The issue raises the questions of (a) whether the financial incentives created by the high deductibles have the intended effect and (b) whether there are unintended consequences. 

Those questions were explored in a column that appeared on the op-ed page of the July 29 issue of The Boston Globe.  The column was stimulated by the personal experiences of the author, one Joanna Weiss, with a high deductible policy she and her husband had taken out on their children. 

Although there is a dearth of data on the subject, Ms. Weiss cited anecdotal evidence that at least some people elect high deductible policies based on a gambling logic; a calculation that they will save more by electing lower premiums than the high deductibles will cost.  Others are responding mainly to the lower premiums without thinking very much about how they will pay the high deductible if they ever have to.  Some of them later find they can’t afford the high deductible and go without needed services as a result.  

The other question the issue raises is that of how responsibility for health care decisions should be allocated between patients and providers.   Under what circumstances and to what extent should patients make their own decisions about care?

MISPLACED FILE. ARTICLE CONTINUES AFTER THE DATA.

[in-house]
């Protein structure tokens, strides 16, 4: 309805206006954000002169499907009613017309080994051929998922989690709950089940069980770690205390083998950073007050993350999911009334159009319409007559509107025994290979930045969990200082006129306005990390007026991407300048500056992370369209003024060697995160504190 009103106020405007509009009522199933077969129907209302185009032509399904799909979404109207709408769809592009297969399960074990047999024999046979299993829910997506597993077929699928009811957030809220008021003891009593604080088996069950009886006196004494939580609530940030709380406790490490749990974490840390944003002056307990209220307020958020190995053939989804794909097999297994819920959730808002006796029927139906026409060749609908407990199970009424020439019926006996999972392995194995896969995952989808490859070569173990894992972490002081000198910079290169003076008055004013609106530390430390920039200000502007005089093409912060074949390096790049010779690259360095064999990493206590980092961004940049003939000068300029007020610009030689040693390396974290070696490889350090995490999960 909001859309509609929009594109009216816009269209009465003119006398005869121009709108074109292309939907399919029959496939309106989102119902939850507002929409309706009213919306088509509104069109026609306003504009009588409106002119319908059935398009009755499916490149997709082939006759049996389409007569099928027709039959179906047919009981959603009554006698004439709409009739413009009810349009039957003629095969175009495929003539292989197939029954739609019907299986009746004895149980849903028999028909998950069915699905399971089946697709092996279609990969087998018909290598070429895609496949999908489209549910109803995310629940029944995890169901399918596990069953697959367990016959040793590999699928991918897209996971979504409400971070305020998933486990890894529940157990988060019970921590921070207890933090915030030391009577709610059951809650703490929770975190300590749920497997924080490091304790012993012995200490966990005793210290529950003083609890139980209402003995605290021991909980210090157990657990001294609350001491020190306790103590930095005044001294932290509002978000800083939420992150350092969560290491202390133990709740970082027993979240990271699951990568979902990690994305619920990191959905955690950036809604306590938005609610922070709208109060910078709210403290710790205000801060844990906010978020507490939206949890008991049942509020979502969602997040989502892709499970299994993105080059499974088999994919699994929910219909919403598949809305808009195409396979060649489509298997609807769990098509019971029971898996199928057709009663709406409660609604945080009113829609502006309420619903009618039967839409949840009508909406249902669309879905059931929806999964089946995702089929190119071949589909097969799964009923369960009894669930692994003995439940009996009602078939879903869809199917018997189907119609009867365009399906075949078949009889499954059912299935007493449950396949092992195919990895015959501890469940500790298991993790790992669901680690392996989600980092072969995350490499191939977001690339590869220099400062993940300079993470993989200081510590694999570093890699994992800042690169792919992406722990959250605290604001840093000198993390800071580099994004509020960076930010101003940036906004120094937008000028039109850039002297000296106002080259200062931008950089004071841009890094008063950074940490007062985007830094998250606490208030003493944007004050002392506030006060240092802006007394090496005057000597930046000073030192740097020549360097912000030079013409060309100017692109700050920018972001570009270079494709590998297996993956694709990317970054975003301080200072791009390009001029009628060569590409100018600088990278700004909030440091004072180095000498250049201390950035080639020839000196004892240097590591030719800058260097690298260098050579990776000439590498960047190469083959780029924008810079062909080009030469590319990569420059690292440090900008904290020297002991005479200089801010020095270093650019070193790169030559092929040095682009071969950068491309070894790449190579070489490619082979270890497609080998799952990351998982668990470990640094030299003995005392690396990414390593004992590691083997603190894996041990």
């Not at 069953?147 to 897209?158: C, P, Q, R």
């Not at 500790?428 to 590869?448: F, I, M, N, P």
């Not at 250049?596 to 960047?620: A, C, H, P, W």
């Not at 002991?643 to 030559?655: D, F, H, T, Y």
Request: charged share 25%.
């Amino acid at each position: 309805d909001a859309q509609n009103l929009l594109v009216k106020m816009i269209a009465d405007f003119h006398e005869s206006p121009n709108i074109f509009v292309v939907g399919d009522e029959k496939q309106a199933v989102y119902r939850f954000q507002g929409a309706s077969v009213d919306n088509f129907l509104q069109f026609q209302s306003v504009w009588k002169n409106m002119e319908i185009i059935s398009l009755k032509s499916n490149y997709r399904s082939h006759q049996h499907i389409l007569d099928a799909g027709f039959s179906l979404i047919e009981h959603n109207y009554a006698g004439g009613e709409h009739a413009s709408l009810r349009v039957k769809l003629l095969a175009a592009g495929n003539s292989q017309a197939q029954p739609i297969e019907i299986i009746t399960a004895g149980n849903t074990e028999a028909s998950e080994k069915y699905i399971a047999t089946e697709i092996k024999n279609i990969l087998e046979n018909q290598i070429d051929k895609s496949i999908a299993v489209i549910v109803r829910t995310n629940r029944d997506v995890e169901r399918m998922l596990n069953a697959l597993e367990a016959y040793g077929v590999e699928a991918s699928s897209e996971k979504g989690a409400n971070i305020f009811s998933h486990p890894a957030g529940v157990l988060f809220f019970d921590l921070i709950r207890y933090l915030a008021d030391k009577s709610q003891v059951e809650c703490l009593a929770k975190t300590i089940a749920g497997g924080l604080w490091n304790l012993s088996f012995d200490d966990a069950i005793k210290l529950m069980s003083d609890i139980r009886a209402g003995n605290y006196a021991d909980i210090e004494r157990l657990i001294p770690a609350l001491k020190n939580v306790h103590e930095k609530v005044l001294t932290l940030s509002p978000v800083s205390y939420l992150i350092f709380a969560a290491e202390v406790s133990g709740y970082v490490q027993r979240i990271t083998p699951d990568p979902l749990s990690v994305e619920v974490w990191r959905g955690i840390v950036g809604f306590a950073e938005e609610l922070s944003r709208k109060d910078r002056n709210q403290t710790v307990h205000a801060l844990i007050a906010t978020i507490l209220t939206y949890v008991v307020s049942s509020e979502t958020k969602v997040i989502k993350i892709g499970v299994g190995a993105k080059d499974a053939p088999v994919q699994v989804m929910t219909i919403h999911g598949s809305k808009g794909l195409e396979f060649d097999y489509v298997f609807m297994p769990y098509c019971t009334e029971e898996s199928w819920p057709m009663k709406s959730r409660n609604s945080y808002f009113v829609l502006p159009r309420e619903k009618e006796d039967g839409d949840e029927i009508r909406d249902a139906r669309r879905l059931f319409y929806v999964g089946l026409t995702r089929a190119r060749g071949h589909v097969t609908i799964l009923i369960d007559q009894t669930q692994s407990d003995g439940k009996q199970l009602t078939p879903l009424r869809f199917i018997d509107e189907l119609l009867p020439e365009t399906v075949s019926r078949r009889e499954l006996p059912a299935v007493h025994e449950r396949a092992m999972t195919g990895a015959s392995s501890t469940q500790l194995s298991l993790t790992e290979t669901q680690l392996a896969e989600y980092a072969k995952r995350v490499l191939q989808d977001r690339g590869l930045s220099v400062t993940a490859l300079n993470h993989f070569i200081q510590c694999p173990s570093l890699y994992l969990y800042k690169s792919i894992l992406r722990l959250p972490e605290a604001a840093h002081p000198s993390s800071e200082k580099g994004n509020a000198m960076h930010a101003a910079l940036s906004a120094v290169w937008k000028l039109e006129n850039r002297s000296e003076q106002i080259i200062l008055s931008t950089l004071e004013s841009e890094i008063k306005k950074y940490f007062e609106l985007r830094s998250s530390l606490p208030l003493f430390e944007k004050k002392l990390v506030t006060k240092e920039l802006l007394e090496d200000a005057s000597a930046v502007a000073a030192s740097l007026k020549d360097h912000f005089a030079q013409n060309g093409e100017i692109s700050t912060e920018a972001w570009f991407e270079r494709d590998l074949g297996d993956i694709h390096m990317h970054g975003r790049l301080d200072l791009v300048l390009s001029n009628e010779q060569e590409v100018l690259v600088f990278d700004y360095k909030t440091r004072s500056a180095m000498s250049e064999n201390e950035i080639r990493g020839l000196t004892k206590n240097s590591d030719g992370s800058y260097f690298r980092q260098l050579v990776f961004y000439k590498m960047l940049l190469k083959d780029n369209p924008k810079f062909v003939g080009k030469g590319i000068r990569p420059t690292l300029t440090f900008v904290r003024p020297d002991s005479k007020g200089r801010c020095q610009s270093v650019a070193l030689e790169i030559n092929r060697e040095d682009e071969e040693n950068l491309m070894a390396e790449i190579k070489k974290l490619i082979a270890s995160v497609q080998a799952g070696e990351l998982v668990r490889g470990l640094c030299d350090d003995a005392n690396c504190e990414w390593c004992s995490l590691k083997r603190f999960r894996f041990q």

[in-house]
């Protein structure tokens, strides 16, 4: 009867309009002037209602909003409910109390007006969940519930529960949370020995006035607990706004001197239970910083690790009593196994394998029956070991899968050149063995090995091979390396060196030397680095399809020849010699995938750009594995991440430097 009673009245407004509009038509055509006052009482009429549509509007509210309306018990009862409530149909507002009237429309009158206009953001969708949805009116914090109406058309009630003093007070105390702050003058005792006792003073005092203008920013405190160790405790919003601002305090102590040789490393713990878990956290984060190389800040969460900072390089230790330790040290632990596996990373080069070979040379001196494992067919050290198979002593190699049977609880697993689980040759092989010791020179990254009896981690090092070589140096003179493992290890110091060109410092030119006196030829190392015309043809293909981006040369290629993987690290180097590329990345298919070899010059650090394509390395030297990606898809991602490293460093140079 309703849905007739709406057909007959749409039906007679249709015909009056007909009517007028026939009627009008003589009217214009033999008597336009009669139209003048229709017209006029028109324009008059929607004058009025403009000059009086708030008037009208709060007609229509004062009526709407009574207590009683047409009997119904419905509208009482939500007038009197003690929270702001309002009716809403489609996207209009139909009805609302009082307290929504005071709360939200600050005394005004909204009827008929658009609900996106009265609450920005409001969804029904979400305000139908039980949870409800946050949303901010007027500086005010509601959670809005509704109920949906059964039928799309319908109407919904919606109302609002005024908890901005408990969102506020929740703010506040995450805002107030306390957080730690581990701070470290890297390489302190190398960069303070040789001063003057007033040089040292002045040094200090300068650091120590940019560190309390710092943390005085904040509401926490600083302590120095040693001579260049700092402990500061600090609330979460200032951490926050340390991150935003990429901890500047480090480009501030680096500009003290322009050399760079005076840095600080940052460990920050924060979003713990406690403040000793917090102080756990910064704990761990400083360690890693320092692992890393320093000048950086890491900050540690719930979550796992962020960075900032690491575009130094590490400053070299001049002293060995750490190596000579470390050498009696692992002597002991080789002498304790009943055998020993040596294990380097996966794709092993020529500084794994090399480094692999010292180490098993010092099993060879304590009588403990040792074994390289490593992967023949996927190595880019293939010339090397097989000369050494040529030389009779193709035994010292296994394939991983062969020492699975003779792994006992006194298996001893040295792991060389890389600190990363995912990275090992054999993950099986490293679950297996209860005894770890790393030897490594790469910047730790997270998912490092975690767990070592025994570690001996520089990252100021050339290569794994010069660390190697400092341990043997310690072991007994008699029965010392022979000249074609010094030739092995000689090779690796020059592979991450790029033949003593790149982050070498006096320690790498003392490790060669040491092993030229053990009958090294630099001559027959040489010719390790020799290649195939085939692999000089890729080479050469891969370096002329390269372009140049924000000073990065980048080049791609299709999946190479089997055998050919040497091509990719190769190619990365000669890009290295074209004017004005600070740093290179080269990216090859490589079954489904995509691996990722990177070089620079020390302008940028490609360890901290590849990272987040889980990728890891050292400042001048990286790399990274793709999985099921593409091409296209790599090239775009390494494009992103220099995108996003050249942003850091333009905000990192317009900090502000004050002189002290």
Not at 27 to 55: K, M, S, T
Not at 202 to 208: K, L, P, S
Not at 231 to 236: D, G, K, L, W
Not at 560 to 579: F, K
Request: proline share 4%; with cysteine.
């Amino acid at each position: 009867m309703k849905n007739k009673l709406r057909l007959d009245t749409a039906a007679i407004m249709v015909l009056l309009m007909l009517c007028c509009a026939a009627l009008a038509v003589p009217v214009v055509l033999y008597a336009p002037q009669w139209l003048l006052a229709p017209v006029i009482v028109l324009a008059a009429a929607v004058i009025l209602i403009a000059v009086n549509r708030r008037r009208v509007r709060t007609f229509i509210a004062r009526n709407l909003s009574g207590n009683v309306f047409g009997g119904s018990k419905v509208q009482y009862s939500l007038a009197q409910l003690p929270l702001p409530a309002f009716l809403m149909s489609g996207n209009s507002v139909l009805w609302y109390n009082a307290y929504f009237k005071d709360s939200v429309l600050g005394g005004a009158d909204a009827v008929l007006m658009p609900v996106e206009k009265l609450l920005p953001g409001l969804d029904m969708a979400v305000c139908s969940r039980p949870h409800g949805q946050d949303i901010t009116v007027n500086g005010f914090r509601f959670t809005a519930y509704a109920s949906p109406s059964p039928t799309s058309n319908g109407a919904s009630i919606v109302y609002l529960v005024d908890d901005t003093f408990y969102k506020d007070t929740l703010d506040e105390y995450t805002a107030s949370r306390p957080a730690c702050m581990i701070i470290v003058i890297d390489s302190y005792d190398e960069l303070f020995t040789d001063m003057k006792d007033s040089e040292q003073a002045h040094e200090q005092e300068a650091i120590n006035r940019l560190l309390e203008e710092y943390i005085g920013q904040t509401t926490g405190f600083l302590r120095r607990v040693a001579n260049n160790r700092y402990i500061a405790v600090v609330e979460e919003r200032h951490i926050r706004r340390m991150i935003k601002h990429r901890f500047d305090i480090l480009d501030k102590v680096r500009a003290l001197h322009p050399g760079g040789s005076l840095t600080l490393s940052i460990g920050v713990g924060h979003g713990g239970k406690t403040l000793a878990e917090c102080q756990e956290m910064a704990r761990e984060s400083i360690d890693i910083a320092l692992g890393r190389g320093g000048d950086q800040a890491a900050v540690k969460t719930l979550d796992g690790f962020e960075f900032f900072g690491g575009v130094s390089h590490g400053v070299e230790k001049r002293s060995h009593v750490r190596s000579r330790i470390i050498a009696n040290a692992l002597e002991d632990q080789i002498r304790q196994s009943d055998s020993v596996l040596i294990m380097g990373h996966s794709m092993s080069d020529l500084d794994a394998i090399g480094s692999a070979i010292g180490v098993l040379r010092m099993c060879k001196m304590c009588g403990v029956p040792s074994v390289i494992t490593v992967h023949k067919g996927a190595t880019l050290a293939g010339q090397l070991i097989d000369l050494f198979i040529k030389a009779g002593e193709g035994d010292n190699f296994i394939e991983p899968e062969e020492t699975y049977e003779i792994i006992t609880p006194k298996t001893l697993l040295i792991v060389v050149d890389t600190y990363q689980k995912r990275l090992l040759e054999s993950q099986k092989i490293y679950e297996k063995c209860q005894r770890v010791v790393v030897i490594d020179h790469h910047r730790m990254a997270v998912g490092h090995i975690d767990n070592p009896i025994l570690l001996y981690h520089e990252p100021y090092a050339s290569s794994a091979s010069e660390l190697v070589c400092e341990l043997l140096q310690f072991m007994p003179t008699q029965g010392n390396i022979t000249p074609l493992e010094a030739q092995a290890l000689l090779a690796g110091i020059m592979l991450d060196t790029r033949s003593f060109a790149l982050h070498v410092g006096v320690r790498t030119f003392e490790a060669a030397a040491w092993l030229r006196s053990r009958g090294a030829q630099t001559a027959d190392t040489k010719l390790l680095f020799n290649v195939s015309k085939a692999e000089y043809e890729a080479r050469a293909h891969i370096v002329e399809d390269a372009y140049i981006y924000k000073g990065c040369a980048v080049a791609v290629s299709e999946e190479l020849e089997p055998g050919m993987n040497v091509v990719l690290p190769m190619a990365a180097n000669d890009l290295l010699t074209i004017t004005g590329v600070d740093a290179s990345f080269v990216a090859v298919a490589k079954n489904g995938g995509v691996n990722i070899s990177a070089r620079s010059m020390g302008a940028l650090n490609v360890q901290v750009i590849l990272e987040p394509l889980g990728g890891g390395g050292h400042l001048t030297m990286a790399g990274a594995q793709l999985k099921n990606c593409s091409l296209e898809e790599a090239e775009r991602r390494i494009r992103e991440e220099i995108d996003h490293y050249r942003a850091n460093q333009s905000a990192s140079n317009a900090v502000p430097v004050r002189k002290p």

In the past, that question arose in the context of physicians.  It was commonly said that a physician who treated himself (they were mostly men then) had a fool for a doctor and a fool for a patient.  Presumably, the same would be true of a self-treating patient. 

All of the discussion about patient involvement in medical decisions has the danger, it seems to me, of relieving providers of responsibility that ought to be theirs.  I think they should be publicly and privately accountable for their decisions and patients should have a say when the differences are too close to call, but I think we need a system in which providers have the basic responsibility for deciding what patients need and which tests and procedures are the most cost-effective.